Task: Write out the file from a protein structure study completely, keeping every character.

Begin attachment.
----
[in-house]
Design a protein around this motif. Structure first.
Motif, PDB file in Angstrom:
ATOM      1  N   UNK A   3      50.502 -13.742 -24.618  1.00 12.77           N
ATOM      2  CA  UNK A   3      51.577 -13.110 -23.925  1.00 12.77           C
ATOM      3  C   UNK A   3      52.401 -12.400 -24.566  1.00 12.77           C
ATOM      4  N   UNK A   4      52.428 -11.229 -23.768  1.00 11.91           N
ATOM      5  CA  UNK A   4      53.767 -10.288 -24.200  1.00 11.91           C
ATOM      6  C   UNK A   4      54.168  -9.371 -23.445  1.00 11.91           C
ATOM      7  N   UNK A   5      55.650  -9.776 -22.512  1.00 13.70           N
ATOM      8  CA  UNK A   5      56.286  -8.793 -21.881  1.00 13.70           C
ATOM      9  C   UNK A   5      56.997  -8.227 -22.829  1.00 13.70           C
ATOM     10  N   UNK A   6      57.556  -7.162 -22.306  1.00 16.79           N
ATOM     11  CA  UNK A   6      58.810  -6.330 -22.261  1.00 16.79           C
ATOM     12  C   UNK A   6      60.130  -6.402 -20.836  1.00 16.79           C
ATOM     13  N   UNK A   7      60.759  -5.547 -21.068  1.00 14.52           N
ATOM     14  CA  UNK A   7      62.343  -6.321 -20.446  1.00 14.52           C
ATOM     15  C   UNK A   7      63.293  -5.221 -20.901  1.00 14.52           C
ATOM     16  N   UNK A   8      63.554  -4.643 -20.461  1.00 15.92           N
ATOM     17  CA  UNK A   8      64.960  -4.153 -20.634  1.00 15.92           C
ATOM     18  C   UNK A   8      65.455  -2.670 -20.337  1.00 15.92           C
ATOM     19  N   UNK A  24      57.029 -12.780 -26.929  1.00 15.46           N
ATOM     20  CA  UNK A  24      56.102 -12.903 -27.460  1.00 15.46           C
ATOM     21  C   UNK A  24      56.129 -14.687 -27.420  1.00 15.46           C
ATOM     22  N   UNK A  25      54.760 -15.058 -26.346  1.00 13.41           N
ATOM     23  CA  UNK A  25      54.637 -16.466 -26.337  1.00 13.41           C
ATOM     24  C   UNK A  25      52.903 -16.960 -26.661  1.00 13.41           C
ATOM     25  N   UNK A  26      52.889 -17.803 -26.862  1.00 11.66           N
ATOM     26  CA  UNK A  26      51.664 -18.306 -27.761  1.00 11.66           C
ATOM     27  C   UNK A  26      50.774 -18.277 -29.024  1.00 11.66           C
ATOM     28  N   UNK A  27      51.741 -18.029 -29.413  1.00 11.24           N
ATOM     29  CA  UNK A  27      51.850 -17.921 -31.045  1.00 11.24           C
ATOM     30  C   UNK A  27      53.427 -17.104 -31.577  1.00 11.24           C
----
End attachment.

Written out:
[in-house]
Design a protein around this motif. Structure first.
Motif, PDB file in Angstrom:
ATOM      1  N   UNK A   3      50.502 -13.742 -24.618  1.00 12.77           N
ATOM      2  CA  UNK A   3      51.577 -13.110 -23.925  1.00 12.77           C
ATOM      3  C   UNK A   3      52.401 -12.400 -24.566  1.00 12.77           C
ATOM      4  N   UNK A   4      52.428 -11.229 -23.768  1.00 11.91           N
ATOM      5  CA  UNK A   4      53.767 -10.288 -24.200  1.00 11.91           C
ATOM      6  C   UNK A   4      54.168  -9.371 -23.445  1.00 11.91           C
ATOM      7  N   UNK A   5      55.650  -9.776 -22.512  1.00 13.70           N
ATOM      8  CA  UNK A   5      56.286  -8.793 -21.881  1.00 13.70           C
ATOM      9  C   UNK A   5      56.997  -8.227 -22.829  1.00 13.70           C
ATOM     10  N   UNK A   6      57.556  -7.162 -22.306  1.00 16.79           N
ATOM     11  CA  UNK A   6      58.810  -6.330 -22.261  1.00 16.79           C
ATOM     12  C   UNK A   6      60.130  -6.402 -20.836  1.00 16.79           C
ATOM     13  N   UNK A   7      60.759  -5.547 -21.068  1.00 14.52           N
ATOM     14  CA  UNK A   7      62.343  -6.321 -20.446  1.00 14.52           C
ATOM     15  C   UNK A   7      63.293  -5.221 -20.901  1.00 14.52           C
ATOM     16  N   UNK A   8      63.554  -4.643 -20.461  1.00 15.92           N
ATOM     17  CA  UNK A   8      64.960  -4.153 -20.634  1.00 15.92           C
ATOM     18  C   UNK A   8      65.455  -2.670 -20.337  1.00 15.92           C
ATOM     19  N   UNK A  24      57.029 -12.780 -26.929  1.00 15.46           N
ATOM     20  CA  UNK A  24      56.102 -12.903 -27.460  1.00 15.46           C
ATOM     21  C   UNK A  24      56.129 -14.687 -27.420  1.00 15.46           C
ATOM     22  N   UNK A  25      54.760 -15.058 -26.346  1.00 13.41           N
ATOM     23  CA  UNK A  25      54.637 -16.466 -26.337  1.00 13.41           C
ATOM     24  C   UNK A  25      52.903 -16.960 -26.661  1.00 13.41           C
ATOM     25  N   UNK A  26      52.889 -17.803 -26.862  1.00 11.66           N
ATOM     26  CA  UNK A  26      51.664 -18.306 -27.761  1.00 11.66           C
ATOM     27  C   UNK A  26      50.774 -18.277 -29.024  1.00 11.66           C
ATOM     28  N   UNK A  27      51.741 -18.029 -29.413  1.00 11.24           N
ATOM     29  CA  UNK A  27      51.850 -17.921 -31.045  1.00 11.24           C
ATOM     30  C   UNK A  27      53.427 -17.104 -31.577  1.00 11.24           C